Some Notes on Monitoring and Testing Load Balanced Resources

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One of the challenges faced when designing end-to-end checks is encountered when you are facing a load balancing arrangement. It is necessary to repeat part of the check more than once so that you can be reasonably sure that you hit all the resources that are being load balanced. Repeat too many times and you push your resources (ah, nothing like stress testing a live production system). Repeat too few times, and node 12 will keep serving that critical error you thought you'd fixed.


Perhaps the most common case is random or semi-random balancing. If the balancing is fair (that is if the probability of a request being assigned to a given resource is constant across all resources), this is a case of the coupon collectors problem. Essentially the problem is the same as someone collecting a full set of coupons (or baseball cards, world cup stickers or pokemon etc.) - the first few are easy to get but it becomes progressively more difficult to get new ones as your collection grows.

In this case, the problem scales as O(N ⋅ log(N)), where N is the number of resources. To calculate the number of times we need to repeat the checks to cover all the resources(C), we first calculate it's expectation:

⟨C⟩ = N ⋅ HN
= N ⋅ loge N + γN + o(1⁄N2)
≅ N ⋅ loge N + γN as N → ∞

Hn is the Harmonic Number of N, and γ is the Euler-Mascheroni constant. For small N we can find Hn by hand.

Hn = 1/1 + 1/2 + 1/3 + … + 1/n

We can then use the markov inequality to find a bound on the probability of coverage, which should be a satisfactory guide.

P(C ≥ xnHn) ≤ 1⁄x

Round Robin

The other common load balancing algorithm is set up for round robin balancing, when the resources are ordered in a list, and the balancer chooses them in sequence, restarting from the top when necessary.

In this case we will need to know the number of 'organic' requests coming through between one test and the next. We can calculate this if we know the request probability density L(t); which is something you really want to be keeping track of anyway. If we can assume our L(t) is cyclostationary, the expectation of the number of requests between checks that take with period T at time 0 is:

0NT L(t)/N dt
= L(t)T as NT → 0.

We can find the probability that no requests come through by using the markov inequality again, if needed.

If you are running the checks in a quiet period (or running them quickly enough) then you get full coverage at C = N with probability 1-PO, where PO is the probability of an an organic request. Unfortunately simply adding an extra check or two will not help; you'll have add another N-1, to get probability 1-PO2. If you do your checks at busy times L(t)T >> N, when it's almost certain that several requests have come through, you can delay or randomise the timing of the checks so that either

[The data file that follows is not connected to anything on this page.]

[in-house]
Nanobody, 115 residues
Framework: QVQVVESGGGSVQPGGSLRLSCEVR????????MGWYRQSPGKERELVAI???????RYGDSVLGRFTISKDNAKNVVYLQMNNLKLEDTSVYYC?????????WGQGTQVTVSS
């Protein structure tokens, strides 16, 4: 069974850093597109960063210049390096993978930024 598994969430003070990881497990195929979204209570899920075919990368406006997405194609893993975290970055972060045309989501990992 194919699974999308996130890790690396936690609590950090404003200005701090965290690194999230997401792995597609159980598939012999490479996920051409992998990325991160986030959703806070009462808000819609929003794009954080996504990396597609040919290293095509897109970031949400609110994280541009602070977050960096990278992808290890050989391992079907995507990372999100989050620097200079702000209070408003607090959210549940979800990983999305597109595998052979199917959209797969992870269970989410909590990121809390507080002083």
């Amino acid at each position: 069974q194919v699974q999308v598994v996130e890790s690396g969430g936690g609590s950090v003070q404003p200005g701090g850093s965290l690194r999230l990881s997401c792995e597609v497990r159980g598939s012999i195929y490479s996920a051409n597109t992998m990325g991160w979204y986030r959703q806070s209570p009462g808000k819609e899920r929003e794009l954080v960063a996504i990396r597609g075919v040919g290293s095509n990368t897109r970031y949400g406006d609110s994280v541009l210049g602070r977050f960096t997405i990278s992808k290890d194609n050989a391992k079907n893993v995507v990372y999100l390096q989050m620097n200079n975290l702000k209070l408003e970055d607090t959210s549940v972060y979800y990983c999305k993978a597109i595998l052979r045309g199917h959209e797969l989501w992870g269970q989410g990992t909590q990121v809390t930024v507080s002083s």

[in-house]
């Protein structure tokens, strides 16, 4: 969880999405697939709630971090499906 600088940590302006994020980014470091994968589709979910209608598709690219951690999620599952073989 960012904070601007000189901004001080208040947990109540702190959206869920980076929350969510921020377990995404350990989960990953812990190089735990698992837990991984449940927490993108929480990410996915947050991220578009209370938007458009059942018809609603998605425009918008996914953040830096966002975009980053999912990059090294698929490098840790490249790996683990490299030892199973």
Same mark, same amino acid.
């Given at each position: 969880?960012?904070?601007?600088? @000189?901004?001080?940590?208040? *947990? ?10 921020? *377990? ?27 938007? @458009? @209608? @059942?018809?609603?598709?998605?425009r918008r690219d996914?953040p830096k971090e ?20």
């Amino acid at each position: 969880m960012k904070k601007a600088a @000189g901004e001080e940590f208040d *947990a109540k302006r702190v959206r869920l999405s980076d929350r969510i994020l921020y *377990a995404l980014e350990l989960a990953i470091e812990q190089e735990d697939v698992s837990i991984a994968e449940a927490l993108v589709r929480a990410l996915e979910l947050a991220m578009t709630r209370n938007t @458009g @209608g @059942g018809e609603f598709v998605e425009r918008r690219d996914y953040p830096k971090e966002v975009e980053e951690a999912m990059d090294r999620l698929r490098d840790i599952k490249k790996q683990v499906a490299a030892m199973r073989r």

T >> σ(L(t))
σ(T) >> L(t)N

in which case it reduces to random.

Other Algorithms

If the load balancing is set up to favour 'least loaded' resources in some way, then we have a different kettle of fish. In fact, unless we're load balancing requests that always take the same time to complete this is usually a bad thing to have in place anyway, and even then it's highly questionable whether this added complexity helps.

Sometimes Less really is More

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Today I made some computers go faster by taking out some of their memory and halving the number of CPUs in each one.

No seriously I did. There were three VMware machines on a dual core 3G Xeon running ESX that we couldn't coax above 150 MHz if there was activity on the NICs, no matter what we fiddled with. Bizarrely an almost identical (virtual) machine on the same (physical) box ran fine. We couldn't find anything different enough between them to warrant this massive difference.

In desparation VMware support in Cork suggested we try cutting the allocated memory and for good measure reducing them to one core each. Amazingly this punitive measure worked; performance leapt by an order of magnitude. Developers were jubilant, managers sighed with relief. Network engineers were mostly apologised to.

The ESX hypervisor will seemingly starve itself of RAM in some cases unless you leave a portion of RAM free, although exactly how much you need to be on the safe side we have yet to determine. For some reason this caused the 'lucky' (virtual) machine to be scheduled to run with far greater likelihood than the other three when the nic was busy. This could well be (and I'm guessing here) an artefact of the way ESX gathers entropy - in lieu of anything better a lot of RNGs take their cues from packet arrival times. It's probable that the number of CPUs is a bit of a red herring - but apparently there are scheduling weirdnesses that can kick in where some of the VMs begin core-squatting (for want of a better term - though the behaviour of taking a resource in order to do nothing with it fits more landlords than real-life squatters).

Coincidentally I learned a wonderful chinese idiom yesterday pronounced roughly "joe joe gwee yee" meaning literally "nine nine return-to one"; which basically means 'integer overflow - carry the one', and is used colloquially to express the idea that taking too much is as bad as never having enough (which is important to much of Chinese philosophy). In the west I suppose we have the game of 'chicken' as a similar cultural reference.

Like most 21st century techies I'm reasonably confident these days working in the bizarro world of virtual hardware, but this was the most counter-intuitive result so far.

21:49 01 Feb 2008 /articles/systems/ less_is_more

Ellsberg's Wager